Our results show that boiling the whole sheep liver and/or lung, with single or multiple hydatid cysts, for 30 min is necessary and sufficient to kill larval E. granulosus PSCs in hydatid cysts. CE is a preventable disease [2]. Control measures including preventing dogs from gaining access to dead animals (carcasses) or raw slaughter offal through strict laws on slaughterhouses and meat inspection are well known [6]. However, proper disposal of carcasses and offal after home slaughter is difficult in poor and remote communities and therefore dogs readily have access to hydatid cysts containing organs from livestock. An epidemiological survey in a county of Xinjiang, one of the highly endemic CE areas in China, showed that 84% of households slaughtered sheep and cattle at home and 77% of them fed their dogs with raw animal offal containing hydatid cysts [1]. How to treat the animal offal is problematic in the education of communities. Efficiently managing sick animal offal includes boiling, burning/incineration and burying. It is however surprising to see how little is described in a book as exhaustive as the “WHO/OIE Manual on Echinococcosis in human beings and animals” on the safe disposal of offal [3, 6]. It is difficult to persuade a villager to dig a 1.5 m deep hole to bury animal liver and lungs containing hydatid cysts according to the China national standard “Procedures for biologically harmless handling and treating dead and sick animals and animal products (GB16548-2006)”, as also advised in the above-mentioned “WHO/OIE Manual” [6]. If animal offal is buried less than 60 cm in depth, dogs, foxes and wolves can dig the offal up (personal observation and communication from Prof Wei Li, Qinghai Academy of Animal Science). In addition, the procedure takes time and energy; it faces specific difficulties depending on the nature of the soil and/or particularities of land use; and it usually needs the personal involvement of men (which may be felt detrimental to other activities). Direct burning cannot be performed easily by using the family fire or stove, and is generally avoided because of the smell. In addition, dogs cannot be fed with the ashes. Boiling animal offal for 30 min would be a practical way of sterilising the hydatid cysts present in animal liver or lung in villages or tent/yurt encampments. Even though we observed complete sterilisation of the lung cysts after 20 min of boiling, a single simple message seems preferable. For the livers and lungs from big animals, such as yaks and camels, we suggest cutting the offal into small pieces before the boiling process.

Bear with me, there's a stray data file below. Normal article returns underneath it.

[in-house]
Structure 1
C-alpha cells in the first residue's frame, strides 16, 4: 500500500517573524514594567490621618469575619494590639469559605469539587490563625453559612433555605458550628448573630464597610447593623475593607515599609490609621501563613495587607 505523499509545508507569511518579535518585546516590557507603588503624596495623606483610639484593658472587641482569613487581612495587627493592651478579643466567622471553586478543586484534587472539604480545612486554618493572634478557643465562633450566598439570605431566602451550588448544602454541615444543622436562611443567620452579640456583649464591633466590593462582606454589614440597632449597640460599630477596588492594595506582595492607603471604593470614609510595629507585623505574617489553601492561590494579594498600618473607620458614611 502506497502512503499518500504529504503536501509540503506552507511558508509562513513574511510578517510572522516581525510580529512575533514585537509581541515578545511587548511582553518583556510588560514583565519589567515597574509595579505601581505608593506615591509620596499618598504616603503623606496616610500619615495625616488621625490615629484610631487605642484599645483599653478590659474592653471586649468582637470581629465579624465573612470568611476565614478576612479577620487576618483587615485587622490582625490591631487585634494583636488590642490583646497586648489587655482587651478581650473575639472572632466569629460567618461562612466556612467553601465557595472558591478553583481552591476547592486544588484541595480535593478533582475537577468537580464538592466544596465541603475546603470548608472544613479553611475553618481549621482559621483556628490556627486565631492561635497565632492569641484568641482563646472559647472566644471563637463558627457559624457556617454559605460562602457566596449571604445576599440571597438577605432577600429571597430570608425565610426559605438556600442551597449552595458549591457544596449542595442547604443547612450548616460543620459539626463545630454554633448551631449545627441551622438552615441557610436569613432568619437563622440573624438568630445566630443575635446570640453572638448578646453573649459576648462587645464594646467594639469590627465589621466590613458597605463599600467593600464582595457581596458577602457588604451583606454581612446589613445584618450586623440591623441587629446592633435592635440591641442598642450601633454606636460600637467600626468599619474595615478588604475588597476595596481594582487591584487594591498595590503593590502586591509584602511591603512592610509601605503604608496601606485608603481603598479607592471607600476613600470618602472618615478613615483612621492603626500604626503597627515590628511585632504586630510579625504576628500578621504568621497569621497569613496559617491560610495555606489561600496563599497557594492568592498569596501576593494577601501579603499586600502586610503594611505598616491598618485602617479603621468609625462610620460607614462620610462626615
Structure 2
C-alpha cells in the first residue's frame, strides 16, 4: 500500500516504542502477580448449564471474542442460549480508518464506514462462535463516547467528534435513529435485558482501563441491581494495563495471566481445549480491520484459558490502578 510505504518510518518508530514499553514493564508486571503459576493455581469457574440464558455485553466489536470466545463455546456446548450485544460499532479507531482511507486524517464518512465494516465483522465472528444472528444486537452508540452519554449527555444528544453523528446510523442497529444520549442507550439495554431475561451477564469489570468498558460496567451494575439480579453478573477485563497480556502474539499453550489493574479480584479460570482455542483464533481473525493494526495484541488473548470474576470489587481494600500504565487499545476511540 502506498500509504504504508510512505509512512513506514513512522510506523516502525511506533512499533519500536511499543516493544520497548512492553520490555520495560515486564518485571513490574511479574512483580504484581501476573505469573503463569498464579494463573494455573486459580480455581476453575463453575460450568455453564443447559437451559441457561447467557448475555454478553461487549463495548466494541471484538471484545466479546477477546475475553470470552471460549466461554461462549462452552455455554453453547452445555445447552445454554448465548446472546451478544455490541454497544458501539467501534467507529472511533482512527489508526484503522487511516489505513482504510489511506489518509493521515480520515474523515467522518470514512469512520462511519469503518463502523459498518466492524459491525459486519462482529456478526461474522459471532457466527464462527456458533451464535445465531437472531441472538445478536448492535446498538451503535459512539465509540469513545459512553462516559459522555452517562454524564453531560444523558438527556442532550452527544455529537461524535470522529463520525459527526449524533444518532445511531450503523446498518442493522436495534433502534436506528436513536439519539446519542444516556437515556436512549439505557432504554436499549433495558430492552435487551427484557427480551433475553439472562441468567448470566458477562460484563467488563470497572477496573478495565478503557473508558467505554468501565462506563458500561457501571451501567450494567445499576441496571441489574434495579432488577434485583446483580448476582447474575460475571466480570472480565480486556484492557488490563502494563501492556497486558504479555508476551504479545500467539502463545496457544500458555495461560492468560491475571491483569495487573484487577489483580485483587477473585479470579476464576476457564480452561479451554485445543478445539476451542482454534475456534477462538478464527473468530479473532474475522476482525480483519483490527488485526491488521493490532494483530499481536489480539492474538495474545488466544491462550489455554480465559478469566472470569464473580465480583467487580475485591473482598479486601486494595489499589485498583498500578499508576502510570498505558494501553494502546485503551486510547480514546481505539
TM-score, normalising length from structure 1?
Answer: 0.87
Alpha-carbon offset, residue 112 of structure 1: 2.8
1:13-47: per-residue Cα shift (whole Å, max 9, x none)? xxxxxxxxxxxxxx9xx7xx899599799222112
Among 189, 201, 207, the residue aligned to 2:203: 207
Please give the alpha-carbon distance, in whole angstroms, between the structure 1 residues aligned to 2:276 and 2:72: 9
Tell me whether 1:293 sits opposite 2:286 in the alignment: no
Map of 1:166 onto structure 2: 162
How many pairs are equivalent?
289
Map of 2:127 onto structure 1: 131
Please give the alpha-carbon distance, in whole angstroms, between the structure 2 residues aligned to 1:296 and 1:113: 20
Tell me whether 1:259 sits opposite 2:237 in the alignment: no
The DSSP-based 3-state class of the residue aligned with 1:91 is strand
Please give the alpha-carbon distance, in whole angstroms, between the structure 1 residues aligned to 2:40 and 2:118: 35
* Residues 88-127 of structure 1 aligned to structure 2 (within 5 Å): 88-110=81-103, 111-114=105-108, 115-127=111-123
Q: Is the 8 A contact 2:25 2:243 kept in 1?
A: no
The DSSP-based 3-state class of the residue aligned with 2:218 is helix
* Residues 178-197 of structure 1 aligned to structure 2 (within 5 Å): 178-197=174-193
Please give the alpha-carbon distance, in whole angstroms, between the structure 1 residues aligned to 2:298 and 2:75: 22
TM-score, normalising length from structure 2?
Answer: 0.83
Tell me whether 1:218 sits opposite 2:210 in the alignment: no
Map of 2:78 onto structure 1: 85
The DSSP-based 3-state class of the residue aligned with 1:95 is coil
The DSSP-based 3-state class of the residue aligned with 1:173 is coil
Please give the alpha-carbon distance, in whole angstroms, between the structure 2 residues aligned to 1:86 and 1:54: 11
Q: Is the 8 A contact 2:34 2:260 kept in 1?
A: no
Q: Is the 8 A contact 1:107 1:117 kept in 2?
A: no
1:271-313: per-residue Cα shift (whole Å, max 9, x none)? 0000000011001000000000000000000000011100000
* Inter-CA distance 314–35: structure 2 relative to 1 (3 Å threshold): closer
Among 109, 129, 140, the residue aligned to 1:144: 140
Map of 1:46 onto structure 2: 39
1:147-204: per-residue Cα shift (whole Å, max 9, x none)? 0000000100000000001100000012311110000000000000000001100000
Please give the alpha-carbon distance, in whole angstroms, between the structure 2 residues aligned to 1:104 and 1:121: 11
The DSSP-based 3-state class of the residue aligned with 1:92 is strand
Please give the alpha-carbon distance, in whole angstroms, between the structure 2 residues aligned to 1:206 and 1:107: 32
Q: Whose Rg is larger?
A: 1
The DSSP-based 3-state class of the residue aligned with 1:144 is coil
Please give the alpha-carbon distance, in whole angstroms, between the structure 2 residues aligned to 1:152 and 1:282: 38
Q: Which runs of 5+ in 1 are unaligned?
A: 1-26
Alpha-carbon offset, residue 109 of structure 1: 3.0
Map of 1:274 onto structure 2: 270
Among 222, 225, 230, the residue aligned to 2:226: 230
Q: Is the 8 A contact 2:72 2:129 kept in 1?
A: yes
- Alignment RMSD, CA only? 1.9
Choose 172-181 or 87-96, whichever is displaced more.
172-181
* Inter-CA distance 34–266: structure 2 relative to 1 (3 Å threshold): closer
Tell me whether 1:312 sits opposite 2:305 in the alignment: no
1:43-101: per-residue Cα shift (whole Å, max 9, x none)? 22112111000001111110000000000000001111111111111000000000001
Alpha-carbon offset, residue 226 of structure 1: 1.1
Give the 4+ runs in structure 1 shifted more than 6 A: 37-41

The boiled offal could even be safely given to dogs after the process, which is economically and culturally an advantage. Women are usually in charge of preparing food and boiling meat/soup/vegetables for a certain time is familiar to them; in addition, women in the communities are generally more sensitive to health issues and more easily accessible to health education [7]. Advertising on the simple rule of “boiling livers or lungs of animals for half an hour when they contain cysts” would be an efficient and cheap complement to other control/public health operations in the communities (such as dog dosing with praziquantel or ultrasound mass-screening [8]) in order to decrease the burden of CE in the poorest and least accessible endemic areas.